Pig Heart Lover is the musical hobby horse of jayveeaitch and Sniper. Sniper’s job is to try to make up with his drumming apparatus for jayveeaitch’s various crimes against the rhapodic arts of singing and strumming. At the very least, Sniper succeeds in vastly improving the offerings.
With “Spike Driver Blues,” we reboot the legend of John Henry, the steel driving man. Actually the song’s title and most of the words come from Mississippi John Hurt’s great 1928 version of the folk song. It was a chance overhearing of MJH three or four years ago that inspired me to take up Travis picking and that eventually led to my current songwriting pastime. At first I really just wanted to play his songs, but my attempts to do so led to the discovery that I was incredibly white. Butting up against your limitations can be embittering, but disavowal serves only to separate you what from you can do. So I kept his words and changed the music. I switched from Hurt’s cheerful G major blues to a B minor drone, gunning for more of a Nick Cave/Lenny Cohen vibe. Here’s last night’s go at it, recorded on my trusty little Sony recorder. Sony, for when you’ve made some magic that it’d be a crime not to have captured. Click on the link for a listen.
Take this hammer and carry it to the captain / Take this hammer and carry it to him / Take this hammer back to the captain / Take this hammer right back to him / And you can tell him that I’m gone / Yeah, tell him that I’m surely gone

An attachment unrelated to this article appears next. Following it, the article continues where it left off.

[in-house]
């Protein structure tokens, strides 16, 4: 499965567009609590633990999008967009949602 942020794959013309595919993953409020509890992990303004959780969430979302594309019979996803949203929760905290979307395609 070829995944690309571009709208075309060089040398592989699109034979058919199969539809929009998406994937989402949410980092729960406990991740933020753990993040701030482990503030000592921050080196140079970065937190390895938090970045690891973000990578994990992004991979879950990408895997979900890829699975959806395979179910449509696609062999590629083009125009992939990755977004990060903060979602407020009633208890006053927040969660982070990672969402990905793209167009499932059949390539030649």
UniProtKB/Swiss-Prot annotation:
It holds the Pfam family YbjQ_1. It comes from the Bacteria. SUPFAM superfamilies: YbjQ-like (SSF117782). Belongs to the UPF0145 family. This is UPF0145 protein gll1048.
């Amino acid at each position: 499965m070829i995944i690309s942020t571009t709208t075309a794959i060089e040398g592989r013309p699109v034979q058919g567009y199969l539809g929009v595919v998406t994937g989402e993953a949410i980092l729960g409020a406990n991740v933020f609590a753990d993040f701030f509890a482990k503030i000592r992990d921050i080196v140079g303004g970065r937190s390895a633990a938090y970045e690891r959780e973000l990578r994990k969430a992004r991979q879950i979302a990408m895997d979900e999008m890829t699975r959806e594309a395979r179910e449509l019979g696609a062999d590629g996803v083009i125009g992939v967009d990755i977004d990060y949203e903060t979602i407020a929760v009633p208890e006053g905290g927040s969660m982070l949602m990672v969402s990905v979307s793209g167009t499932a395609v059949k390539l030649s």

It was the hammer that killed John Henry / It was the hammer that took his life / It was the hammer that killed John Henry / It was the sorrow of his wife / That’s why I won’t let it near me / No, get that thing away from me
It’s a long way from east Colorado / It’s a long way to my home / Such a long way from east Colorado / Such a long way to where I’m going / Yeah, honey, that is where I’m going / I’m flying like a mother home
John Henry left his hammer / Left it lying by the side of the road / John Henry left his hammer / Left it covered all over in blood / And it ain’t ever coming clean / No, nothing’s getting out that stain